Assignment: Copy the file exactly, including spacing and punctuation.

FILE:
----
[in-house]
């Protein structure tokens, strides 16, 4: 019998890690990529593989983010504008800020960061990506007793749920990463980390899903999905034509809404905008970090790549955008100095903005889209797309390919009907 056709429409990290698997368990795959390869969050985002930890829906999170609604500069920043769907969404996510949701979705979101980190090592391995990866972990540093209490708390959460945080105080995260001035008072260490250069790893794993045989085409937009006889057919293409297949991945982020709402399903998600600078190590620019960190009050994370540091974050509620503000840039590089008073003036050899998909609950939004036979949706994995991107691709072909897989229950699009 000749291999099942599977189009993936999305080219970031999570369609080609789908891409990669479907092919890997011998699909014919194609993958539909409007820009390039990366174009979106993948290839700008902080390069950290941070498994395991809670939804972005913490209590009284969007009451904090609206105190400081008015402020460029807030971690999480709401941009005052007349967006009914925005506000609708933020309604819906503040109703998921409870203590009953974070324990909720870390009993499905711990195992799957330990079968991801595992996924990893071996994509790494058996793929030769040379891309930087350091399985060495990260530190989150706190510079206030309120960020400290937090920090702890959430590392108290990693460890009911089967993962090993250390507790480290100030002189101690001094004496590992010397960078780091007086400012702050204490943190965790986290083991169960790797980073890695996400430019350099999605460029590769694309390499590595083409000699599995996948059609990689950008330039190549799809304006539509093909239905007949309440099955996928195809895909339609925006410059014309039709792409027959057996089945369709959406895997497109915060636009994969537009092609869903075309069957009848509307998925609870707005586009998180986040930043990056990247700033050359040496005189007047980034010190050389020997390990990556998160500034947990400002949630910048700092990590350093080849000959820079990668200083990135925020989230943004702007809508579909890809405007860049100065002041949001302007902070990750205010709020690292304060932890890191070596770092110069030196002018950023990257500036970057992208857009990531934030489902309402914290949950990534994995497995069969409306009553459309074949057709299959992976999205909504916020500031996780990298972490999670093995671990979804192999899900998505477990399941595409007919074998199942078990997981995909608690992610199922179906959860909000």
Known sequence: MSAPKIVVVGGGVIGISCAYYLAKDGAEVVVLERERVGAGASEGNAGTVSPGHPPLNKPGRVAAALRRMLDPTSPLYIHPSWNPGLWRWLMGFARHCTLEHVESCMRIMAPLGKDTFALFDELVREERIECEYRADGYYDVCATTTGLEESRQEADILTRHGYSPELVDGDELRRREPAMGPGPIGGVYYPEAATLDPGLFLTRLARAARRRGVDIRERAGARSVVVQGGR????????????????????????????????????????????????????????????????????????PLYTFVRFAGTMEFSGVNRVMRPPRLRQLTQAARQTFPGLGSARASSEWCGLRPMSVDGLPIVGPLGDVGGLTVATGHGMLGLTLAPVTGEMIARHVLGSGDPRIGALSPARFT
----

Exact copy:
[in-house]
């Protein structure tokens, strides 16, 4: 019998890690990529593989983010504008800020960061990506007793749920990463980390899903999905034509809404905008970090790549955008100095903005889209797309390919009907 056709429409990290698997368990795959390869969050985002930890829906999170609604500069920043769907969404996510949701979705979101980190090592391995990866972990540093209490708390959460945080105080995260001035008072260490250069790893794993045989085409937009006889057919293409297949991945982020709402399903998600600078190590620019960190009050994370540091974050509620503000840039590089008073003036050899998909609950939004036979949706994995991107691709072909897989229950699009 000749291999099942599977189009993936999305080219970031999570369609080609789908891409990669479907092919890997011998699909014919194609993958539909409007820009390039990366174009979106993948290839700008902080390069950290941070498994395991809670939804972005913490209590009284969007009451904090609206105190400081008015402020460029807030971690999480709401941009005052007349967006009914925005506000609708933020309604819906503040109703998921409870203590009953974070324990909720870390009993499905711990195992799957330990079968991801595992996924990893071996994509790494058996793929030769040379891309930087350091399985060495990260530190989150706190510079206030309120960020400290937090920090702890959430590392108290990693460890009911089967993962090993250390507790480290100030002189101690001094004496590992010397960078780091007086400012702050204490943190965790986290083991169960790797980073890695996400430019350099999605460029590769694309390499590595083409000699599995996948059609990689950008330039190549799809304006539509093909239905007949309440099955996928195809895909339609925006410059014309039709792409027959057996089945369709959406895997497109915060636009994969537009092609869903075309069957009848509307998925609870707005586009998180986040930043990056990247700033050359040496005189007047980034010190050389020997390990990556998160500034947990400002949630910048700092990590350093080849000959820079990668200083990135925020989230943004702007809508579909890809405007860049100065002041949001302007902070990750205010709020690292304060932890890191070596770092110069030196002018950023990257500036970057992208857009990531934030489902309402914290949950990534994995497995069969409306009553459309074949057709299959992976999205909504916020500031996780990298972490999670093995671990979804192999899900998505477990399941595409007919074998199942078990997981995909608690992610199922179906959860909000």
Known sequence: MSAPKIVVVGGGVIGISCAYYLAKDGAEVVVLERERVGAGASEGNAGTVSPGHPPLNKPGRVAAALRRMLDPTSPLYIHPSWNPGLWRWLMGFARHCTLEHVESCMRIMAPLGKDTFALFDELVREERIECEYRADGYYDVCATTTGLEESRQEADILTRHGYSPELVDGDELRRREPAMGPGPIGGVYYPEAATLDPGLFLTRLARAARRRGVDIRERAGARSVVVQGGR????????????????????????????????????????????????????????????????????????PLYTFVRFAGTMEFSGVNRVMRPPRLRQLTQAARQTFPGLGSARASSEWCGLRPMSVDGLPIVGPLGDVGGLTVATGHGMLGLTLAPVTGEMIARHVLGSGDPRIGALSPARFT